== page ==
Second Trip to Peru
On this second trip to Peru on the theme of cocoa, the chocolate museum, Choco-Story, was determined to find out more about the history of cocoa in Peru.
We were especially looking for proof that the Incas used cocoa. And I think we found it.
In the north of the country at Chiclayo, near Piura, we found two museums close together where magnificent necklaces were on display. The beads from which these necklaces were made were replicas in gold of cocoa beans.
They come from the tomb of the Señor de Sipan and date from 700 AD.
Moreover, two hours’ drive from Piura we also saw white cocoa beans and the farmers told us that on the other side of the mountain, that is to say where the Amazon region begins and where cocoa originated from, white cocoa beans can also be found.
The cocoa pods are small and round in shape. They have 10 veins just like the leaves. The flowers are white and the beans are also white on the inside.
During this same trip we also saw the same kind of small, roundish cocoa pods, but green, and these could be found in the centre of the country near Tatapoto as well as farther away from Cuzco.
Each time the locals told us it was “cacao nativo” which means local cocoa and that it had been grown for a long time.
Does this mean that it used to grow wild in this region before it was actually cultivated? Perhaps one day we will find out.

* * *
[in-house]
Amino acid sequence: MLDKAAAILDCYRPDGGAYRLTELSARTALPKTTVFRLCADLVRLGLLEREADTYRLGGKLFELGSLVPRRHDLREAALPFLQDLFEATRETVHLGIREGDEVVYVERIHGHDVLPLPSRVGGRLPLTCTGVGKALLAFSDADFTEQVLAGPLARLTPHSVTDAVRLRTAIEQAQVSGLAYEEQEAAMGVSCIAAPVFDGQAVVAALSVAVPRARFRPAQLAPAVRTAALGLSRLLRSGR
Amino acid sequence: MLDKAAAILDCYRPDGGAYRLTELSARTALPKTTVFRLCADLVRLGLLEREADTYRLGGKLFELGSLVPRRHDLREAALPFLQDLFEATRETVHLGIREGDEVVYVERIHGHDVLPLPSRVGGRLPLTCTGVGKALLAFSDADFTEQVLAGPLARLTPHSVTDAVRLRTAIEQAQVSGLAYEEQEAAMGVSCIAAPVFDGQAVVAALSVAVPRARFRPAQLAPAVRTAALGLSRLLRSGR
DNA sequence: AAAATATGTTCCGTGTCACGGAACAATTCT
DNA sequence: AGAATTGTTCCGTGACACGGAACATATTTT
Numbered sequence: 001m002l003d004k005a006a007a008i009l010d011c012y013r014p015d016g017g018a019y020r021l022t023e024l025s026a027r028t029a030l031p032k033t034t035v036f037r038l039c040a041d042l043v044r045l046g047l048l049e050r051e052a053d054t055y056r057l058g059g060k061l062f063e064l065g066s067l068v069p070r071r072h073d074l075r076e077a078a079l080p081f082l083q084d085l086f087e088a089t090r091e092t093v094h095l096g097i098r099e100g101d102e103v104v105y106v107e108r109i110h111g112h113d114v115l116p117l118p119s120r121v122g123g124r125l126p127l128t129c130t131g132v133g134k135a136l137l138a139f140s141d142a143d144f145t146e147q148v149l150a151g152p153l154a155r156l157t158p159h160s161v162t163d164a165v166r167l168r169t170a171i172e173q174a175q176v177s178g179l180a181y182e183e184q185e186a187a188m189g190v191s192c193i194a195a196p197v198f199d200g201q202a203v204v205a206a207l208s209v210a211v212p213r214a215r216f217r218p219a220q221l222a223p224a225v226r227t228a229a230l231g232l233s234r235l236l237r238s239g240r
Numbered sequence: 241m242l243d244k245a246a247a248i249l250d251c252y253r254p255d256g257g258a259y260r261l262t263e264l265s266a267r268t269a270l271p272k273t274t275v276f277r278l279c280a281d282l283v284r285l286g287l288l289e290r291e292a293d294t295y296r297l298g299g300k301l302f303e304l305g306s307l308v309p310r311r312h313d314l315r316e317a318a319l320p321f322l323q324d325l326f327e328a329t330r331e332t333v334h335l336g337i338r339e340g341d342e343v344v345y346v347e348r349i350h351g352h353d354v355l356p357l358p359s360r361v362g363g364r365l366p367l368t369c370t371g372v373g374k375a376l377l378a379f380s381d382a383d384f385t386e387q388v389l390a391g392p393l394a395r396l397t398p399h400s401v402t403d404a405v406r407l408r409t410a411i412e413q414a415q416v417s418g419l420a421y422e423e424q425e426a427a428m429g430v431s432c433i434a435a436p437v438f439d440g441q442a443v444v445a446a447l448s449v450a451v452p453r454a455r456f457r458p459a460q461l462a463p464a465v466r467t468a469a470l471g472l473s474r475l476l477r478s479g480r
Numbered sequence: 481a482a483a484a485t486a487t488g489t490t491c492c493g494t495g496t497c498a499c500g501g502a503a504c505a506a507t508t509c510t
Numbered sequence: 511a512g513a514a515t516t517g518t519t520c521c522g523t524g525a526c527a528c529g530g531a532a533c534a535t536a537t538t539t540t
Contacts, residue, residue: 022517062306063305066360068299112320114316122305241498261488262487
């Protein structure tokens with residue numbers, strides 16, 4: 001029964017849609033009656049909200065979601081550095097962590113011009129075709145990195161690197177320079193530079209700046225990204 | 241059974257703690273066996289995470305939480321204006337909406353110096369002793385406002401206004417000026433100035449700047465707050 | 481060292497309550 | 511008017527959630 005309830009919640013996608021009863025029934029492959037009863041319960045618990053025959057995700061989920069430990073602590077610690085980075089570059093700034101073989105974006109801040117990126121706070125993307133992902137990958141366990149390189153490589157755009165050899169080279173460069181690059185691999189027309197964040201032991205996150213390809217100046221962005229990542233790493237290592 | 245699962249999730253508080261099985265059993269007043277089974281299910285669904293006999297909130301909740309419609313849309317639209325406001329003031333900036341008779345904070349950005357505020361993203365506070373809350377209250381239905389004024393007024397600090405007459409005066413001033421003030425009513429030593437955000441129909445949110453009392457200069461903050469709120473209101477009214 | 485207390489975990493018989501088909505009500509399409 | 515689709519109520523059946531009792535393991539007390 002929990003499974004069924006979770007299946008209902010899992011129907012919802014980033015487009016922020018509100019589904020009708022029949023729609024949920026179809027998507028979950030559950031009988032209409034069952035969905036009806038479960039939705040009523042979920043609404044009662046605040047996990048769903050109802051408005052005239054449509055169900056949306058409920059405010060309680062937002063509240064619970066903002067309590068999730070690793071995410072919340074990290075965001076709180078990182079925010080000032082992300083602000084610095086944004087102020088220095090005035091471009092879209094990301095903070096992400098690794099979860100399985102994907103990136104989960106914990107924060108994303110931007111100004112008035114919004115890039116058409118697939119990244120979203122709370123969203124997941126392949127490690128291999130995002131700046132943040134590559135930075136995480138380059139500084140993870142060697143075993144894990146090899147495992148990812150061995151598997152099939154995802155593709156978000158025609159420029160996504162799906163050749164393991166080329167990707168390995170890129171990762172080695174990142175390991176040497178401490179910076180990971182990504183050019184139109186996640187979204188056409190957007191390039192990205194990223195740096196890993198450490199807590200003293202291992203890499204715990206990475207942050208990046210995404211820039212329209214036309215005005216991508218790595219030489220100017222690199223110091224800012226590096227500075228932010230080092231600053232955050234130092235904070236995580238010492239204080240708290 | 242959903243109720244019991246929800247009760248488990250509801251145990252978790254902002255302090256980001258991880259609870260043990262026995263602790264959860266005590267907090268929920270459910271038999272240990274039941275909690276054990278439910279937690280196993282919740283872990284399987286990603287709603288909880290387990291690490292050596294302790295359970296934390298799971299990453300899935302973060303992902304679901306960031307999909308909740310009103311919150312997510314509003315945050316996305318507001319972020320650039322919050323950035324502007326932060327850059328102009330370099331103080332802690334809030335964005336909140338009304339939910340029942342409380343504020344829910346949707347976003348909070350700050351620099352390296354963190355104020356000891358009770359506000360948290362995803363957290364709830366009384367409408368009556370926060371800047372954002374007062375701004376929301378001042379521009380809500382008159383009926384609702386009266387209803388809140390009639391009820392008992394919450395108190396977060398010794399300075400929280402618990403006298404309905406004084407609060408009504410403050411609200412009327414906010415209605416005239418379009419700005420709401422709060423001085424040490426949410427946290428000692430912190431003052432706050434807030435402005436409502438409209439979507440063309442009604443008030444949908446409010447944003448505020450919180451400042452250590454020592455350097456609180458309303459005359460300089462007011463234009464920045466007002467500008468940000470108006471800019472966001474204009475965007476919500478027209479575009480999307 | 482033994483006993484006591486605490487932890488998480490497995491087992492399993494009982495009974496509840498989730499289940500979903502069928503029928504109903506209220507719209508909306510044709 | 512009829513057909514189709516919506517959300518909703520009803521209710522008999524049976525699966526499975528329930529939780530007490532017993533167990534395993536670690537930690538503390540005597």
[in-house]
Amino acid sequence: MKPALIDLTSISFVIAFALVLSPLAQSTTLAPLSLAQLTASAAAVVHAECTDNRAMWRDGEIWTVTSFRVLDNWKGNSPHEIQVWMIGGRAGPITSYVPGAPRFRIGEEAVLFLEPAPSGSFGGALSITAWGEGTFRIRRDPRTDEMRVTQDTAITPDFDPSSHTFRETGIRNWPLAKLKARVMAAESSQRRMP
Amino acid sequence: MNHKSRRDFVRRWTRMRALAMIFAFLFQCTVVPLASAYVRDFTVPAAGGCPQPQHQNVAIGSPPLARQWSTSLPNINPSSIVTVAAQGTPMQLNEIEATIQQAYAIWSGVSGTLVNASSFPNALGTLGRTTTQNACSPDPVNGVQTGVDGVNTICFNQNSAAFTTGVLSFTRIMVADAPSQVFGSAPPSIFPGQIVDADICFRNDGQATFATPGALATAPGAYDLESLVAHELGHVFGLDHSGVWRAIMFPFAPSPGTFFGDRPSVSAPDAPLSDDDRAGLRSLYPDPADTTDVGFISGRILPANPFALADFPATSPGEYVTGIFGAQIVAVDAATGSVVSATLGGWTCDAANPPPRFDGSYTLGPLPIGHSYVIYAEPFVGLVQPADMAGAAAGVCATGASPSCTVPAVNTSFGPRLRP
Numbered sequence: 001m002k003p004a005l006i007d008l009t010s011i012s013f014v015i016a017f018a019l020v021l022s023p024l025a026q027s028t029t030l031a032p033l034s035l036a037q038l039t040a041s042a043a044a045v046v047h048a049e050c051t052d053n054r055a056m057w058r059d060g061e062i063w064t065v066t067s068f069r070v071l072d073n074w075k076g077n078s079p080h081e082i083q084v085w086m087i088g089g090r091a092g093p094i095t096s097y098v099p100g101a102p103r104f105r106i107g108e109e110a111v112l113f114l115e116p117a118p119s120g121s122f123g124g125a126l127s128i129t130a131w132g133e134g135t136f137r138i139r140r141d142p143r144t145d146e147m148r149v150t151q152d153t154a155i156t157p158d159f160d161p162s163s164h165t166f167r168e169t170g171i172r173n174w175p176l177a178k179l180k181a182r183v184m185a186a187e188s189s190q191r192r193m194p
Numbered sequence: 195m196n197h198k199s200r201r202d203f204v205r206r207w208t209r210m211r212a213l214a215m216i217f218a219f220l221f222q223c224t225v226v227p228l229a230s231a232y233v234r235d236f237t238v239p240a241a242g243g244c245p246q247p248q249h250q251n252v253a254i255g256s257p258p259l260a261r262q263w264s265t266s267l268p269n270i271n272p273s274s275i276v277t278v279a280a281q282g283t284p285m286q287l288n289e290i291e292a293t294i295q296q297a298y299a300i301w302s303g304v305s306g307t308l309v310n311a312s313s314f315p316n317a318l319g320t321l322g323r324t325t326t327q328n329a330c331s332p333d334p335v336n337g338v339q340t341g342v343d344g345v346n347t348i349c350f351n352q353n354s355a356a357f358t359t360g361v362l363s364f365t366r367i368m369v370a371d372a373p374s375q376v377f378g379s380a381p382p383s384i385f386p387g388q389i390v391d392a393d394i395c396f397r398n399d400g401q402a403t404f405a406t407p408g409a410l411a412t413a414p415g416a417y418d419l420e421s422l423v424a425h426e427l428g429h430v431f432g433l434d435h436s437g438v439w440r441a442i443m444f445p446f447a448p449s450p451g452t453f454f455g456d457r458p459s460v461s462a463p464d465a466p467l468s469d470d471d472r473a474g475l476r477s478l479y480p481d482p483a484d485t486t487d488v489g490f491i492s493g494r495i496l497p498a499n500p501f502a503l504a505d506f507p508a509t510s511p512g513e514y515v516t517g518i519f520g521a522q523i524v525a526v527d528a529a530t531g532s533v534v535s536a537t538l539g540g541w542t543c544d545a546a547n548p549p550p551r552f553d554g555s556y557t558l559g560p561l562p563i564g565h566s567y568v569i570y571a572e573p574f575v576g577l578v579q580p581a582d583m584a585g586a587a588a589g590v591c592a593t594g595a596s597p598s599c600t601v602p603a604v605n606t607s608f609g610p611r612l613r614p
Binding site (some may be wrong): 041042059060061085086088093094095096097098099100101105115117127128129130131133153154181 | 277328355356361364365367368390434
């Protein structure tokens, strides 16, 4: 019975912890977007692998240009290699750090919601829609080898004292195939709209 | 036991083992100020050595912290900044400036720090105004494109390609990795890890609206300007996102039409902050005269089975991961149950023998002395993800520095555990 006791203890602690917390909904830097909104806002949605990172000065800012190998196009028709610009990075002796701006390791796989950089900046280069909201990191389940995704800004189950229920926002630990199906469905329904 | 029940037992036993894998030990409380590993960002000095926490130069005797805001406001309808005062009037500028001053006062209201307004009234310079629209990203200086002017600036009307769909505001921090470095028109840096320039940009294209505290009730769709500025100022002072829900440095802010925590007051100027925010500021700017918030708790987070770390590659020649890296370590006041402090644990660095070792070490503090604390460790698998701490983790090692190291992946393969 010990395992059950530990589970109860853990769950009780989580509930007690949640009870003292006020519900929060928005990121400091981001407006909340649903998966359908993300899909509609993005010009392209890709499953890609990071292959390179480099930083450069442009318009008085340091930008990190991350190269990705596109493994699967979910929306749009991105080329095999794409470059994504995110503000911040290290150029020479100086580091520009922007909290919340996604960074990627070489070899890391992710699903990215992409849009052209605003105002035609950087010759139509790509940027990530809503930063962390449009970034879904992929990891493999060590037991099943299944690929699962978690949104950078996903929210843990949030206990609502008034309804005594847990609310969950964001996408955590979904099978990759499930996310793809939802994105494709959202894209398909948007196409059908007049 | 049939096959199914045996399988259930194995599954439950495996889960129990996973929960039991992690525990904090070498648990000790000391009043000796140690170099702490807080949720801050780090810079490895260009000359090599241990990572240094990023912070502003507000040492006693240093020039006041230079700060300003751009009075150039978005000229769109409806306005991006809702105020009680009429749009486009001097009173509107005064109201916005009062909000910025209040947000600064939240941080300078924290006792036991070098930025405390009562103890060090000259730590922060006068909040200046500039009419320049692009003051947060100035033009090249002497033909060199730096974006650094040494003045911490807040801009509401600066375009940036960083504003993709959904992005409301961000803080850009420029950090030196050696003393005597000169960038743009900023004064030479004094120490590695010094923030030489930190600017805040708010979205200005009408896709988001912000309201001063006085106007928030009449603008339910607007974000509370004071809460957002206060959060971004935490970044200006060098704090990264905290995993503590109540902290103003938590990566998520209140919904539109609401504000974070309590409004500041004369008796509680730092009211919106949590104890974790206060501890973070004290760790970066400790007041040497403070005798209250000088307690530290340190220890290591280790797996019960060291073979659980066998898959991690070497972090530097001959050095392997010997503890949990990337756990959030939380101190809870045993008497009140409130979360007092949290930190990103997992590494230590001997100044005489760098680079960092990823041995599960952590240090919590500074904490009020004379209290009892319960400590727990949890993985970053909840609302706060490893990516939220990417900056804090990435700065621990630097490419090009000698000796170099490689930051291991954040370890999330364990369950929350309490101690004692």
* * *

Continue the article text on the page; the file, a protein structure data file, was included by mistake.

On the way back by car from the region of Quillabamba, we had to cross a mountain pass at an altitude 4,300 metres.
A few Indians live there in very poor conditions.
The temperature is between 3 and 5°C. It is damp and the ground is arid.
There are practically no plants or trees at all
On the wayside we saw a little boy who waved to us.
He asked us if we would take him to Urubamba where he goes to school.
He is 12 years old and every week he leaves the family hut in the mountains on his own and returns home on Friday evening.
We asked him what food he ate. He replied: “in the morning we drink soup made with potatoes and sometimes with beans, if we have any. At lunch time we start with one potato that has been cooked in the cinders and then another one, and in the evening we drink potato soup again.
When I get back home, I wash my school uniform, I do my homework and I help my mother”.
They have no television, no Gameboy, no coco-cola. No meat, no fish, no biscuits and no chocolates.
When we asked him what job he wanted to do when he grew up, he replied “engineer”.
I really hope with all my heart that his dream will come true.
Unfortunately we did not ask him his name. We got a flat tyre just before we were due to catch the train and got into a panic.
But if one day he reads this article, he should get in touch with us. We will help him.
Indians and lamas near Cuzco
Mother, children and sheep in Pisac
Women and child in Ollantaytambo
A farmer from Echarate with “chuncho” cocoa and a hybrid.
A “chuncho” leaf
A “chuncho” flower
A local metate, known as a “batan”
A large “batan”
A local dish called “cuy”, made with potatoes and yucca
A batan and wooden bowl in Juanjui
An Indian woman mixing a banana using a pestle near Lamas – Tarapoto
“Cacao nativo » in Lamas
White cocoa near Piura
The cocoa pod
In the desert, an enormous “Inca” stone with four holes carved into it?
What a perfect hole! Who carved it and why?
The necklace of the Señor de Sipán at the Brunning museum in Chiclayo
Gold cups used for drinking chocolate.